Warren Buffett is the most celebrated investor of our time. The Oracle has achieved 19.8% compound annual growth in per-share book value for Berkshire Hathaway since its 1965 inception, or about 10.6% better than the S&P 500 has managed over the same period.
And Buffett usually does it by buying up boring name-brand companies and holding them for a long time. It's hardly the sort of strategy many get excited about, but it works. So where does Buffett find his favorite holdings? Right in plain sight: The Dow Jones Industrial Average
Some may call the Dow limited, but of the 14 common-stock investments with a market value of more than $1 billion that Berkshire Hathaway
Here are Berkshire's seven Dow positions ranked by market value.
% of Company Owned
Market Value (Billions)
Procter & Gamble
|Johnson & Johnson||1%||$2.1|
Source: S&P Capital IQ.
It's no secret that Buffett loves his Coca-Cola, and it shows in these holdings. The manufacturer and distributor of the world's top soda garners a whopping $14 billion commitment from the Oracle, more than any other Dow component. Berkshire owns just shy of 9% of the company and is its largest shareholder. At current levels, Berkshire collects about $410 million from Coke every year in dividends alone. With payments like that and a moat to protect them, it's easy to see why Buffett likes the company so much.
IBM is Buffett's most recent Dow component, and already he's committed more money to it than five others. In his letter, Buffett writes that he "was late to the IBM party" and admits that he's been reading the company's letter for 50 years. Better late than never, as IBM buys back shares at a steady clip. What's more is that in 2010, then-IBM President and CEO Sam Palmisano boldly declared that this company "will double profits by 2015." That would be $20 per share. At $13 per share in EPS right now, IBM is well on its way.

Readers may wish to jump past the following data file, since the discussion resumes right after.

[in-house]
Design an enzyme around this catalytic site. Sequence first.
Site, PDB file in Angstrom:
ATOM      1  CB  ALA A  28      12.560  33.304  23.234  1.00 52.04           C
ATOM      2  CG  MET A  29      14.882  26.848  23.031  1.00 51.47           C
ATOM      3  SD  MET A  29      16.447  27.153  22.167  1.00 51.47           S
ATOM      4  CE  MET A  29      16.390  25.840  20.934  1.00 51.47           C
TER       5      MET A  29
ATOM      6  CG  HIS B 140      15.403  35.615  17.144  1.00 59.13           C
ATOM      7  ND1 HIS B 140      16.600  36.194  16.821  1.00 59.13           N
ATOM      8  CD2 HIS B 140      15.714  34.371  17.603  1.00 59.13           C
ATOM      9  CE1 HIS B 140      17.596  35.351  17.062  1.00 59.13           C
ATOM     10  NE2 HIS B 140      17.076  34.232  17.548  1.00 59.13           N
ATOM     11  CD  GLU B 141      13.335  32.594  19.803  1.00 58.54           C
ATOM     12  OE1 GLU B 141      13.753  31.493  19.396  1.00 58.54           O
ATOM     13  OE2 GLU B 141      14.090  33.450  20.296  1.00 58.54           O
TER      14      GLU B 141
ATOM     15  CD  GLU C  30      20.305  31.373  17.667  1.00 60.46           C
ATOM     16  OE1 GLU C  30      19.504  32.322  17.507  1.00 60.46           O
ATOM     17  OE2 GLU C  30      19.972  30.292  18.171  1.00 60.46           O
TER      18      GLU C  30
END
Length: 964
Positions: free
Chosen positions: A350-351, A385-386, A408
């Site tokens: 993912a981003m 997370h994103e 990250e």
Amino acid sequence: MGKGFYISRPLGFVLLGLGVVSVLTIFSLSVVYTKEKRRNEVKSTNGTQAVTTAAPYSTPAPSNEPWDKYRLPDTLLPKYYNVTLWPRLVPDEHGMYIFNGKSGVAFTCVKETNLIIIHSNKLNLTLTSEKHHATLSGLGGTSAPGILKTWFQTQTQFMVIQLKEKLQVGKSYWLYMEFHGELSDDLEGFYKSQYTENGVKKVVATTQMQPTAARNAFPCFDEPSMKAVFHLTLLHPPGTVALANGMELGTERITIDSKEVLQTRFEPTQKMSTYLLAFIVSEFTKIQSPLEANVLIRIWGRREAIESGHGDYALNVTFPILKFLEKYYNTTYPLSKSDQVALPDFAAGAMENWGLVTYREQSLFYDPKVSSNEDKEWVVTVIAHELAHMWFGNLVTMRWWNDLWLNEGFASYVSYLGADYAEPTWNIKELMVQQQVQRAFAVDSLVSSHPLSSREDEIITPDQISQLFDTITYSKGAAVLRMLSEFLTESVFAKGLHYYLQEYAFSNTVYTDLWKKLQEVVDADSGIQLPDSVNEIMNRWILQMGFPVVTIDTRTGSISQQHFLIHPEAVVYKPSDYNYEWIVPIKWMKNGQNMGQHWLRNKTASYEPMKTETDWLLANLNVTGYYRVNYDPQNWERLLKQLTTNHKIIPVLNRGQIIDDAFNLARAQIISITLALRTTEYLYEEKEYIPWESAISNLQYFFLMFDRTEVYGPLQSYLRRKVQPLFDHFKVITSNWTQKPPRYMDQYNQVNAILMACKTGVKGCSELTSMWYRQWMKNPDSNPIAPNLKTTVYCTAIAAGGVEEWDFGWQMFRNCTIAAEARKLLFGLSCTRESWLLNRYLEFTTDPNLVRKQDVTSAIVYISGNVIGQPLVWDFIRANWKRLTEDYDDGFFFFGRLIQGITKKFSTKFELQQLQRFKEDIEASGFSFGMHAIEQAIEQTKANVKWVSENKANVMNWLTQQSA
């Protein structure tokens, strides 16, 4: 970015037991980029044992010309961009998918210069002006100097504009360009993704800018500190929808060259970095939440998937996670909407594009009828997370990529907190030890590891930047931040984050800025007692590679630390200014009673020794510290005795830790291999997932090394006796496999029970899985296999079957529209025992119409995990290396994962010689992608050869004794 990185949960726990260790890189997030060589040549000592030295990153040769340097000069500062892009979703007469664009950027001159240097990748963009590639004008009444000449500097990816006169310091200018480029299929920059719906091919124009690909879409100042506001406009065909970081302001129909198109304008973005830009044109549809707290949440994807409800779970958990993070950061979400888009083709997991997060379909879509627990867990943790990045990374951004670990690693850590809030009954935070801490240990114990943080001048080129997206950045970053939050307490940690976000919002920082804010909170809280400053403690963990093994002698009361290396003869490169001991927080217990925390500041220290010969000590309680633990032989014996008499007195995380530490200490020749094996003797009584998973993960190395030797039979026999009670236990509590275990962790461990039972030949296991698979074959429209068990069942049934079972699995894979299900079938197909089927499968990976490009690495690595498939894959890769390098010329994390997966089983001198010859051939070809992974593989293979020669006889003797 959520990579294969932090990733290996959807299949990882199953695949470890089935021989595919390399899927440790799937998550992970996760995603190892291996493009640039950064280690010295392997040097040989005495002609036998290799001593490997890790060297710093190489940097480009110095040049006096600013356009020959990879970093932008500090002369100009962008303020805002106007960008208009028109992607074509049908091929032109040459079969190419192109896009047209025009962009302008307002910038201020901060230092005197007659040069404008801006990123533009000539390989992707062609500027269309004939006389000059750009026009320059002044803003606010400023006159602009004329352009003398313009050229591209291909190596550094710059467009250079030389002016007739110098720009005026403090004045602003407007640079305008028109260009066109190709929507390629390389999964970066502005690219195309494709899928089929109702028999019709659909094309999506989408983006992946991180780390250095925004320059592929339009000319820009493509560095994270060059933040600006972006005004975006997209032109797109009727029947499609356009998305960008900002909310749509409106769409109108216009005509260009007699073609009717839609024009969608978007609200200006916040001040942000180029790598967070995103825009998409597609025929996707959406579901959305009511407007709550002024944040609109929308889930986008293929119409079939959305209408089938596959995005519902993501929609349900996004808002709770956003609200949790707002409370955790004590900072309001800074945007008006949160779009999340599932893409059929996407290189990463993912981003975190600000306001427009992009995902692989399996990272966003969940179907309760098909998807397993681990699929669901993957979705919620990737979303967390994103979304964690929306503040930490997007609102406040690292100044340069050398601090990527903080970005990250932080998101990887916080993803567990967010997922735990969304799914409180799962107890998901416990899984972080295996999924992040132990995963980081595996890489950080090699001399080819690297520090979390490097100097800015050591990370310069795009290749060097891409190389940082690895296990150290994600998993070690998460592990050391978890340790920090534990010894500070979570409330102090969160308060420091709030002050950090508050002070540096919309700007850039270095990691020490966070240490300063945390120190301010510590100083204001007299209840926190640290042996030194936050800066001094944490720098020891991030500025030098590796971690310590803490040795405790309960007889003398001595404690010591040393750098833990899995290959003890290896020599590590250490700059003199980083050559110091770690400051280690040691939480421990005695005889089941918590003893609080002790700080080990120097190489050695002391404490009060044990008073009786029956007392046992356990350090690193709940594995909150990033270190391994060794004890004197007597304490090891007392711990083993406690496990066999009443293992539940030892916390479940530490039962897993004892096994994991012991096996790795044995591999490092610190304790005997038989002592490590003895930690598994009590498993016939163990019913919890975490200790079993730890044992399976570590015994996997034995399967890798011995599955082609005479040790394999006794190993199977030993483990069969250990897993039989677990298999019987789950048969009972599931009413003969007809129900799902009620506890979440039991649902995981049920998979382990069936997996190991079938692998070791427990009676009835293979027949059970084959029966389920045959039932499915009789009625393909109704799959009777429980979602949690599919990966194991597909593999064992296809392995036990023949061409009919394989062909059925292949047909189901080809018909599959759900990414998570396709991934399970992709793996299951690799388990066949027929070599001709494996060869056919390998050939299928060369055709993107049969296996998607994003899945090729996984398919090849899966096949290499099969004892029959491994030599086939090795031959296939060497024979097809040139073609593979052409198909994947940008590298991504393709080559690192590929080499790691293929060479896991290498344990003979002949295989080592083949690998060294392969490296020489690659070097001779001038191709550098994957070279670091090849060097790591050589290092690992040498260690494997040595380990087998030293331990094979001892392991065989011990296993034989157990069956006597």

American Express is a longtime Buffett holding whose closed-loop credit card model allows it to capture more value in the credit card cycle than open-loop competitors such as Visa do. It's a strong, defensive company for the long-term investor.
Procter & Gamble tops many investors' lists as a "must own." The consumer-goods juggernaut has 22 billion-dollar brands and outmaneuvers competitors to regularly occupy the top one or two spots in most product categories. With its 3.2% yield and a history of raising dividends that predates many of its shareholders, it's easy to see why P&G is a Buffett top Dow stock.
Kraft and Johnson & Johnson are two of the more interesting holdings on this list. I've been a little down on Kraft recently and am eager to see whether its spinoff creates as much value as the company is advertising. Kraft could also lose its status as a dividend aristocrat in the process, much as Altria did in 2008, when it spun off Philip Morris. I'm in hurry-up-and-wait mode on this one. Buffett recently reduced his holding in Johnson & Johnson because of concerns over quality-control issues, and he reduced his stake in Kraft as well.
Even better stocks
There you have it: Buffett's seven top Dow stocks -- big, boring, dividend-paying American icons. Of course, even with Buffett's investing acumen, the Dow can feel like a short aisle to shop in. That's why we looked elsewhere to find The Motley Fool's Top Stock for 2012. Our top stock is an emerging-market retailer hand picked by our chief investment officer as a company that will rule 2012. You can uncover this pick today and download your copy of our special free report. Fool on!
Austin Smith owns shares of Coca-Cola and Berkshire Hathaway Class B shares. The Motley Fool owns shares of Altria Group, Philip Morris International, Johnson & Johnson, Coca-Cola, IBM, Berkshire Hathaway, and Wal-Mart. Motley Fool newsletter services have recommended buying shares of Coca-Cola, Wal-Mart, Berkshire Hathaway, Johnson & Johnson, Philip Morris International, Visa, and Procter & Gamble, creating a write covered strangle position in American Express, and creating diagonal call positions in Wal-Mart and Johnson & Johnson. Try any of our Foolish newsletter services free for 30 days. We Fools don't all hold the same opinions, but we all believe that considering a diverse range of insights makes us better investors. The Motley Fool has a disclosure policy.